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Cashew revival is key to survival

Matana is one of the first farmers to take part in Farm Africa's cashew project Matana is one of the first farmers to take part in Farm Africa's cashew project

Matana lives on the Kenyan coast where there is a higher concentration of cashew nut trees than anywhere else in the country. But the last generation of these trees are dying, and with them, the chance for farmers to support their families. That's why Farm Africa's cashew project is working with coastal communities to revive the cashew industry. 

"I have lived here all my life. I have 15 cashew trees. My parents grew them. In this area everyone grew cashew trees. They did it for the future generations to benefit from. Ten years ago my trees were producing very nicely.

However today the produce from these cashews is so little. It’s not enough for selling. The trees do not produce enough – they are too old. I was even planning on cutting down my old trees because they’re not producing.

My income is very low - sometimes we borrow money from friends to survive. Sometimes we go without and sometimes my children are sent back home from school because we can’t pay the fees.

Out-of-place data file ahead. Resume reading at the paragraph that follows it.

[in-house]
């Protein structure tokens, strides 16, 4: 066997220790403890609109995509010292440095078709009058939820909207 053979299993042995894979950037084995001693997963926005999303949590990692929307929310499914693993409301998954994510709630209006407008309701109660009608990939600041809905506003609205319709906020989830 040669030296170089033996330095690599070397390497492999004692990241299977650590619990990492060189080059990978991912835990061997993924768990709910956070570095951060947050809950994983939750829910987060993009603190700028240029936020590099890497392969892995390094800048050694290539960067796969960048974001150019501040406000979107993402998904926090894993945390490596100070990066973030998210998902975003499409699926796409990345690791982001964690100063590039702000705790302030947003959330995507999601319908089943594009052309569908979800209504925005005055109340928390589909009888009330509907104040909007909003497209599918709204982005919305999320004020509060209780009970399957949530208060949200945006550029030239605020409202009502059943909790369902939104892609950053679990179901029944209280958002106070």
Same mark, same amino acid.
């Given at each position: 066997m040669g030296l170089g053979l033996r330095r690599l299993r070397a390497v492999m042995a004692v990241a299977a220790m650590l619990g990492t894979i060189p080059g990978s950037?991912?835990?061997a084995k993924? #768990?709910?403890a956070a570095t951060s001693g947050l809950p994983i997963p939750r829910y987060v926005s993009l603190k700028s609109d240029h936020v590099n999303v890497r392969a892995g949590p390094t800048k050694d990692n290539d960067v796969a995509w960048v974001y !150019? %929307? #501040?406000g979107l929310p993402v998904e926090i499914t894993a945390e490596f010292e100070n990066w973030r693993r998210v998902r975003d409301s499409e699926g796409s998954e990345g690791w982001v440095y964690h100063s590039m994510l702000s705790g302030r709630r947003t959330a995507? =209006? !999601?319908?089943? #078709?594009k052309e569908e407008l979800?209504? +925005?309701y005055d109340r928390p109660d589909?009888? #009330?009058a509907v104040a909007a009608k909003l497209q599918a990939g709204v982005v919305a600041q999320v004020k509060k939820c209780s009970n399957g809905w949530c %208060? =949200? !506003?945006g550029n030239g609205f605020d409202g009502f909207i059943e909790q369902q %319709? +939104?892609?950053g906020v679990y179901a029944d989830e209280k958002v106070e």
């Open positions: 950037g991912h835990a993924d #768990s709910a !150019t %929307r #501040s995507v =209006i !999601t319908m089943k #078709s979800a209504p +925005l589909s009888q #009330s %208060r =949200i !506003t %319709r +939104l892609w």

I feel really bad about it when my kids are sent home from school. Sometimes I cannot concentrate on my own work, because I cannot provide for their breakfast or lunch, I really feel bad about it – that they’re at home...I really want to give my children a quality education. 

I joined the Farm Africa project recently. Farm Africa explained their ideas and I wanted to get involved.

I will get training in finance and technical training in cashew nut farming. I will have access to new seedlings which are drought resistant - here when you expect rain, that’s when it doesn't come! 

With high-quality seedlings, it will be easy to grow enough produce. And I will know how to sell the produce and earn an income. 

I have encouraged the community to join the project as well because there is a need for collective development. I wanted us to develop as a whole village. 

By being involved in the project, we will produce many cashews and sell them, and we will be able to take care of school fees, and have a good diet. Now my family always just eats cornmeal and locally found greens. With more money we would eat rice, chicken and beef. We’d have more variety! 

There is light at the end of the tunnel with the project. Without the project there would be no light, and my life would be much worse. At the moment, we're living from hand to mouth. With the project, I can have some savings."

Your support could help save a generation of cashew trees and grow a new one – giving hope to farmers like Matana today and long into the future. Donate here.